This study is a randomized, open label, controlled trial of extended-release buprenorphine (XR-B; BRIXADI™ formulation) versus extended-release naltrexone (XR-NTX) in Maryland jails. A 7-site, open-label, equivalence design will randomly assign 240 adults with a history of opioid use disorder (OUD), stratified by gender and jail, who are nearing release to one of two treatment arms: 1) XR-B in jail or 2) XR-NTX in jail, both followed by 6 monthly injections postrelease at a community treatment program. The primary aim is to determine the rate of pharmacotherapy adherence (number of monthly injections received) of XR-B compared to XR-NTX. The proposed study is innovative because it will be the first randomized clinical trial in the U.S. assessing the effectiveness of receiving XR-B vs. XR-NTX in county jails. The public health impact of the study will be highly significant and far-reaching because most individuals with OUD do not receive treatment while incarcerated, thereby substantially raising their likelihood of relapse to drug use, overdose death, and re-incarceration. Understanding how to expand acceptance of medications for OUD in jails, particularly extended-release medications, and supporting treatment engagement and medication adherence in transition to the community, has far-reaching implications for improving treatment access and success in this population.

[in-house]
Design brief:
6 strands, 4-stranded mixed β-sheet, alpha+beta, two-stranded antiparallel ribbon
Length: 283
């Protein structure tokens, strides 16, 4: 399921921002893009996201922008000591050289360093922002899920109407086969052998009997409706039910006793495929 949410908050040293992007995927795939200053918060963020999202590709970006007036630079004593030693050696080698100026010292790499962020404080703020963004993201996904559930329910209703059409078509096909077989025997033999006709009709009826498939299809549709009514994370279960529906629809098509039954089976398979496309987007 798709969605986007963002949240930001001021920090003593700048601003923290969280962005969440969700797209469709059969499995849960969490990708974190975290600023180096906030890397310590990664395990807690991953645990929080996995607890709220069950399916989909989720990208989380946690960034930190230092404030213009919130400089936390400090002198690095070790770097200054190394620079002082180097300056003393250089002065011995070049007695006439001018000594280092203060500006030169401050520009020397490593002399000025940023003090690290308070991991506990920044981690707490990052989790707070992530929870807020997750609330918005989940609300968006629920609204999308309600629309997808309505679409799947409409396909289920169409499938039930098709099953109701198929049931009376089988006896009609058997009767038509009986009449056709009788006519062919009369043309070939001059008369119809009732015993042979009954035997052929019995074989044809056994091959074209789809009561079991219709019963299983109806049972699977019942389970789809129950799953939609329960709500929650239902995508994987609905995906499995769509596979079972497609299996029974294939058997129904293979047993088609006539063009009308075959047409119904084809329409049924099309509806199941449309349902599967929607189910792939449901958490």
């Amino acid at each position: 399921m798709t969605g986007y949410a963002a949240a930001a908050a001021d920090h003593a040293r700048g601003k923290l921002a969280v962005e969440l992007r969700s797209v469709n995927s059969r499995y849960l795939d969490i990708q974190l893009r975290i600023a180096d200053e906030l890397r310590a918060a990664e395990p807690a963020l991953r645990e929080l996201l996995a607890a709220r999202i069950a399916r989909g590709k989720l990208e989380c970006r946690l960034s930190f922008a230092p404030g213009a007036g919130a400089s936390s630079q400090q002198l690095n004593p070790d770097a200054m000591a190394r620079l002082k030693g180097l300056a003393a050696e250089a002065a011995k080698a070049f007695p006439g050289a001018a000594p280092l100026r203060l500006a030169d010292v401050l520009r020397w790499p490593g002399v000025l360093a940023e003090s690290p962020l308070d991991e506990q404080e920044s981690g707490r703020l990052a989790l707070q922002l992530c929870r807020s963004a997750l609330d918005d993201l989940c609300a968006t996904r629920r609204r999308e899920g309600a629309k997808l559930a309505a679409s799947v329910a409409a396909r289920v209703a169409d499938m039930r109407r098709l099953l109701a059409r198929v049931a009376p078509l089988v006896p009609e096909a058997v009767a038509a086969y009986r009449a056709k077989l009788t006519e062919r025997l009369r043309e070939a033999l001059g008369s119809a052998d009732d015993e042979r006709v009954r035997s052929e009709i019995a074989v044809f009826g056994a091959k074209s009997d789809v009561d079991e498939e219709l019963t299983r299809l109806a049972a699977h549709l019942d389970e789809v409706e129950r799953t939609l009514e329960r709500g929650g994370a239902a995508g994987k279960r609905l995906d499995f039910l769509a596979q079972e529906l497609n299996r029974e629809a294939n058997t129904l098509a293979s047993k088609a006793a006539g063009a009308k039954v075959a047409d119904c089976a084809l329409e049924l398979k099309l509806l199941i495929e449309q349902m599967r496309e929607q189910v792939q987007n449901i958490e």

Keywords: Extended-release buprenorphine; Extended-release naltrexone; Jail; Justice-involved; Medications for opioid use disorders.
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